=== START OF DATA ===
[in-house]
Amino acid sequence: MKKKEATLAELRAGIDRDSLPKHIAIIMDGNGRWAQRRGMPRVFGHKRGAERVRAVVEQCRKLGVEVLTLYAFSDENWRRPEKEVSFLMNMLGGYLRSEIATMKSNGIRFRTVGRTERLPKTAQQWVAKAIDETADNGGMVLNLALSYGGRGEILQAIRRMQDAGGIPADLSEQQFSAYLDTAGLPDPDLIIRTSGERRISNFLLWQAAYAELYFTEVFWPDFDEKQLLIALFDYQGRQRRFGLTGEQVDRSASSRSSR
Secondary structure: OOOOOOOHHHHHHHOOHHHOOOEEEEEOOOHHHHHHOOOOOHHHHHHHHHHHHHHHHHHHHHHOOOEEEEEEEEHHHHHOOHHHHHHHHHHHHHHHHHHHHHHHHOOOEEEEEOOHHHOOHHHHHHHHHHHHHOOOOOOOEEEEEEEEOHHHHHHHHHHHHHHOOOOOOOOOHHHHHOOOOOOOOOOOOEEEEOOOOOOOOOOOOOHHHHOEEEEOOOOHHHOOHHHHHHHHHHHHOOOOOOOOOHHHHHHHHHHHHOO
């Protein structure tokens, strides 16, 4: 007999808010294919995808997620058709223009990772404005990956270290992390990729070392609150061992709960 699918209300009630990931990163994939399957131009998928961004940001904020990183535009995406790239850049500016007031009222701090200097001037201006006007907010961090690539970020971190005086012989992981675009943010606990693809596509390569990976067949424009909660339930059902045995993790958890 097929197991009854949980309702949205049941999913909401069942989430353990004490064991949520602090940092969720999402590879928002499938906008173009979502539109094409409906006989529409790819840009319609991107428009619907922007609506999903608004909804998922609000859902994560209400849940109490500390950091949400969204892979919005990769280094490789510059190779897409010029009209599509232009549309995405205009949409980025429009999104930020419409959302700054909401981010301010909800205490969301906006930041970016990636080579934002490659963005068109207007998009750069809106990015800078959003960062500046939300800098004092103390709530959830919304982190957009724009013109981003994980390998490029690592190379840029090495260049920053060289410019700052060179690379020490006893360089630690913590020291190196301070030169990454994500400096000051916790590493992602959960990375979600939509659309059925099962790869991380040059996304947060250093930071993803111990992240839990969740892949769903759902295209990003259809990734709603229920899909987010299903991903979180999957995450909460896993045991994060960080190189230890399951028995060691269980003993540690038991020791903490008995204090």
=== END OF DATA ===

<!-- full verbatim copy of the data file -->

[in-house]
Amino acid sequence: MKKKEATLAELRAGIDRDSLPKHIAIIMDGNGRWAQRRGMPRVFGHKRGAERVRAVVEQCRKLGVEVLTLYAFSDENWRRPEKEVSFLMNMLGGYLRSEIATMKSNGIRFRTVGRTERLPKTAQQWVAKAIDETADNGGMVLNLALSYGGRGEILQAIRRMQDAGGIPADLSEQQFSAYLDTAGLPDPDLIIRTSGERRISNFLLWQAAYAELYFTEVFWPDFDEKQLLIALFDYQGRQRRFGLTGEQVDRSASSRSSR
Secondary structure: OOOOOOOHHHHHHHOOHHHOOOEEEEEOOOHHHHHHOOOOOHHHHHHHHHHHHHHHHHHHHHHOOOEEEEEEEEHHHHHOOHHHHHHHHHHHHHHHHHHHHHHHHOOOEEEEEOOHHHOOHHHHHHHHHHHHHOOOOOOOEEEEEEEEOHHHHHHHHHHHHHHOOOOOOOOOHHHHHOOOOOOOOOOOOEEEEOOOOOOOOOOOOOHHHHOEEEEOOOOHHHOOHHHHHHHHHHHHOOOOOOOOOHHHHHHHHHHHHOO
């Protein structure tokens, strides 16, 4: 007999808010294919995808997620058709223009990772404005990956270290992390990729070392609150061992709960 699918209300009630990931990163994939399957131009998928961004940001904020990183535009995406790239850049500016007031009222701090200097001037201006006007907010961090690539970020971190005086012989992981675009943010606990693809596509390569990976067949424009909660339930059902045995993790958890 097929197991009854949980309702949205049941999913909401069942989430353990004490064991949520602090940092969720999402590879928002499938906008173009979502539109094409409906006989529409790819840009319609991107428009619907922007609506999903608004909804998922609000859902994560209400849940109490500390950091949400969204892979919005990769280094490789510059190779897409010029009209599509232009549309995405205009949409980025429009999104930020419409959302700054909401981010301010909800205490969301906006930041970016990636080579934002490659963005068109207007998009750069809106990015800078959003960062500046939300800098004092103390709530959830919304982190957009724009013109981003994980390998490029690592190379840029090495260049920053060289410019700052060179690379020490006893360089630690913590020291190196301070030169990454994500400096000051916790590493992602959960990375979600939509659309059925099962790869991380040059996304947060250093930071993803111990992240839990969740892949769903759902295209990003259809990734709603229920899909987010299903991903979180999957995450909460896993045991994060960080190189230890399951028995060691269980003993540690038991020791903490008995204090």